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Working with patients

RDD (2024) LR 065 (1)

Rare Disease Day 2024

Mereo marks international Rare Disease Day by welcoming experts in Alpha-1

Rare diseases often present unique challenges for the people who have them, for their families and for the healthcare professionals striving to provide accurate diagnoses and effective care. To recognise Rare Disease Day 2024, we hosted an event on 22 February for our entire team at Mereo to spend time with key leaders in the Alpha-1 community and to learn about the respiratory aspects of the condition.

We were pleased to welcome Karen O’Hara, Chair of the
Alpha-1 UK Support Group and Board Member of the recently formed Alpha-1 Europe Alliance; Professor David Parr, Consultant at the University Hospital in Coventry and Honorary Professor of Respiratory Medicine at the University of Warwick, and Dr. Marc Miravitlles, Senior Researcher and Consultant at Vall d’Hebron Hospital in Barcelona. Our expert panel shared experiences of the Alpha-1 community, helped us understand the barriers that people face in accessing an accurate diagnosis, and gave their hopes for the future for best outcomes for people with this rare condition.

Read more about the highlights of the event below.

Alpha-1 and the importance of equitable access to diagnosis, treatment and care

What is Alpha-1

Alpha-1 Antitrypsin Deficiency (AATD or Alpha-1) is a rare, genetic condition that results in reduced levels in the circulation of a protein called alpha-1 antitrypsin. Over time, it can lead to lung damage due to the irreversible destruction of the lungs’ supportive elastic tissues. Current treatment management approaches include the avoidance of pollutants, especially cigarette smoke, prompt treatment of chest infections, use of inhalers to help control symptoms and, where reimbursed, intravenous infusion of alpha-1 antitrypsin protein. However, these do not reverse or halt the progression of the disease; and Alpha-1 can be seriously debilitating and life-threatening.  Some people with AATD progress to respiratory failure and may receive lung transplants.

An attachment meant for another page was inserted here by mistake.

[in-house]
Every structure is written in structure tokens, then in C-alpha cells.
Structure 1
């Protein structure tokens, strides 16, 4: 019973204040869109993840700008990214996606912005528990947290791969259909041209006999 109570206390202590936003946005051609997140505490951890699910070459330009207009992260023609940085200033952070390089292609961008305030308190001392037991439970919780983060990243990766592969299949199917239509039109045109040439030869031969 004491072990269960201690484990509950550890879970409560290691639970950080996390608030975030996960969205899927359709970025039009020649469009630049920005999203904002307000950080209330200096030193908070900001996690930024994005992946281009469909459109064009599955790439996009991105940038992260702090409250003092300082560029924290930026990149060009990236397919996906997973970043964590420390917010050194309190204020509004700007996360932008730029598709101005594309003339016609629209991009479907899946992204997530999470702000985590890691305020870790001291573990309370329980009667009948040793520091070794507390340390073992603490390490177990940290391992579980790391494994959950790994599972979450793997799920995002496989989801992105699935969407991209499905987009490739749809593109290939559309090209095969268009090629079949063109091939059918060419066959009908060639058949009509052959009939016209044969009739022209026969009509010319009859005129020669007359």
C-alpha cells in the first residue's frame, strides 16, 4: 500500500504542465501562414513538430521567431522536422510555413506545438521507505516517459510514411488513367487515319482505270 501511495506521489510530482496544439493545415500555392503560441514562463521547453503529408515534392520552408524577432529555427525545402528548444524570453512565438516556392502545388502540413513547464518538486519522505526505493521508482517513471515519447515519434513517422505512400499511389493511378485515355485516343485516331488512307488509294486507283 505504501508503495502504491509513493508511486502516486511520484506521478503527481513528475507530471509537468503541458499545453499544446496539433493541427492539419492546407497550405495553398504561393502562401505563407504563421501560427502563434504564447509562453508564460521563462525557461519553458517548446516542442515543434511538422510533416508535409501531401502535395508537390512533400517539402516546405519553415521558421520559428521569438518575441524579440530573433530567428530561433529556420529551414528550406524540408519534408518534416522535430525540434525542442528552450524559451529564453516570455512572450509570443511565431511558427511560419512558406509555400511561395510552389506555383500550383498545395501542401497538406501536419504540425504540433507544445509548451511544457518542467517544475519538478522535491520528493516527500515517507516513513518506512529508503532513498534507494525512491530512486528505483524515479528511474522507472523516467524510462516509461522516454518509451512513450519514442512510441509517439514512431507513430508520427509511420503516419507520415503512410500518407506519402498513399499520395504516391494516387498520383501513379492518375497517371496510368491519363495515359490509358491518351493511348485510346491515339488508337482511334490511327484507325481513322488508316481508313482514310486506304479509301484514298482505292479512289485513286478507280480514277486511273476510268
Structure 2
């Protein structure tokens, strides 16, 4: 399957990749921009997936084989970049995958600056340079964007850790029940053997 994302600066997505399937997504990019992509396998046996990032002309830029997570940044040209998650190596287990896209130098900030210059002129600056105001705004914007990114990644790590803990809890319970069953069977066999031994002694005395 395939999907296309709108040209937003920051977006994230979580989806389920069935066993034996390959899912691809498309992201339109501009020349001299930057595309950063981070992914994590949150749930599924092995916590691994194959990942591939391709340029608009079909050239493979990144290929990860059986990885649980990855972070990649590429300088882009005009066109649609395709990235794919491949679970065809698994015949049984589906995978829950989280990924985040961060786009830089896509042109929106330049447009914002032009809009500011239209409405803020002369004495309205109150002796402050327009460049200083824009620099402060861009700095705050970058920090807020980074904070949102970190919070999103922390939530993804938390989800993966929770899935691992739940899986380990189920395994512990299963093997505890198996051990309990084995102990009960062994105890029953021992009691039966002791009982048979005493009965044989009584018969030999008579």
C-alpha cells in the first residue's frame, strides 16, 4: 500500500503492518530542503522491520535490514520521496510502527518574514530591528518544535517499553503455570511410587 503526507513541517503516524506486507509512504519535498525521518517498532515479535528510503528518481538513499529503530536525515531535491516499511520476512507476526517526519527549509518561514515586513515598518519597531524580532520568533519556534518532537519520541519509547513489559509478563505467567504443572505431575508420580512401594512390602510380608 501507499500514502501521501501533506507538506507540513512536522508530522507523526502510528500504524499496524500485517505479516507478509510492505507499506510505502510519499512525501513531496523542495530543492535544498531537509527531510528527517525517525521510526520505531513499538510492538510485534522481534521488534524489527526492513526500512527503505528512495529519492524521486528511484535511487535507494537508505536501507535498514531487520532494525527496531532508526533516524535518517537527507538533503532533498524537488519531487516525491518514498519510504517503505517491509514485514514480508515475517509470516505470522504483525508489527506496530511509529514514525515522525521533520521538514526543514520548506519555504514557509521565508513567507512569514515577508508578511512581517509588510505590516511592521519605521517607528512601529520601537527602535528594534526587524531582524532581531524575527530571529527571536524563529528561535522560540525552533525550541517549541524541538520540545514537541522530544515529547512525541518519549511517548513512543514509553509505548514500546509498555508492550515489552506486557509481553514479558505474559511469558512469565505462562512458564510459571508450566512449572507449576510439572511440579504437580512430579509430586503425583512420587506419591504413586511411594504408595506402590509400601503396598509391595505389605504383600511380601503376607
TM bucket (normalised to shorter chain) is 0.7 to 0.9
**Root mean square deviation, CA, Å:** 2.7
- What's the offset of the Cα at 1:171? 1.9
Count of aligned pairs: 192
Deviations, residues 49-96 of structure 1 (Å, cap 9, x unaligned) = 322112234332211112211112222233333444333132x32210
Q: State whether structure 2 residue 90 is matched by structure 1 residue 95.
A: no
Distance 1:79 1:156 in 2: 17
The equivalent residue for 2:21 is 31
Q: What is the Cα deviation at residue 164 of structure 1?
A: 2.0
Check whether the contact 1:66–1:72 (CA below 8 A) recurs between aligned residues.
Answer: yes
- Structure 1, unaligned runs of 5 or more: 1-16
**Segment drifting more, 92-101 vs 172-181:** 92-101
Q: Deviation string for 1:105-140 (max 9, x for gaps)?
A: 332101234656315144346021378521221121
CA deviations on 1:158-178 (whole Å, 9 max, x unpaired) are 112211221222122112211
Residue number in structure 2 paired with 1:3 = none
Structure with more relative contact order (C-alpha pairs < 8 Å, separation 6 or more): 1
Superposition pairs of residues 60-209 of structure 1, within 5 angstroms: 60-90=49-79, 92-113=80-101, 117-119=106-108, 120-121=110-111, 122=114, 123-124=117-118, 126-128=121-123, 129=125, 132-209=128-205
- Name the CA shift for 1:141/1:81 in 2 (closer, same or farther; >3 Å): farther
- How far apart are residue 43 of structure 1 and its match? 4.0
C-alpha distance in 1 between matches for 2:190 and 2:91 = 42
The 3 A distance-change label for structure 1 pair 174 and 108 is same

Understanding the lived experience of Alpha-1

Living with Alpha-1 poses a myriad of challenges for the individuals affected by this rare genetic disorder. The daily effects of AATD can have a significant impact on quality of life; and encompass not only physical limitations, such as shortness of breath, inability to carry out day-to-day tasks without significant limitations and fatigue, but also emotional burdens including changes to the ability to work and engage in social life as well as anxiety and uncertainty about the future. During the event, Karen shared personal experiences, providing a window into the profound impact of Alpha-1 from a day-to-day perspective: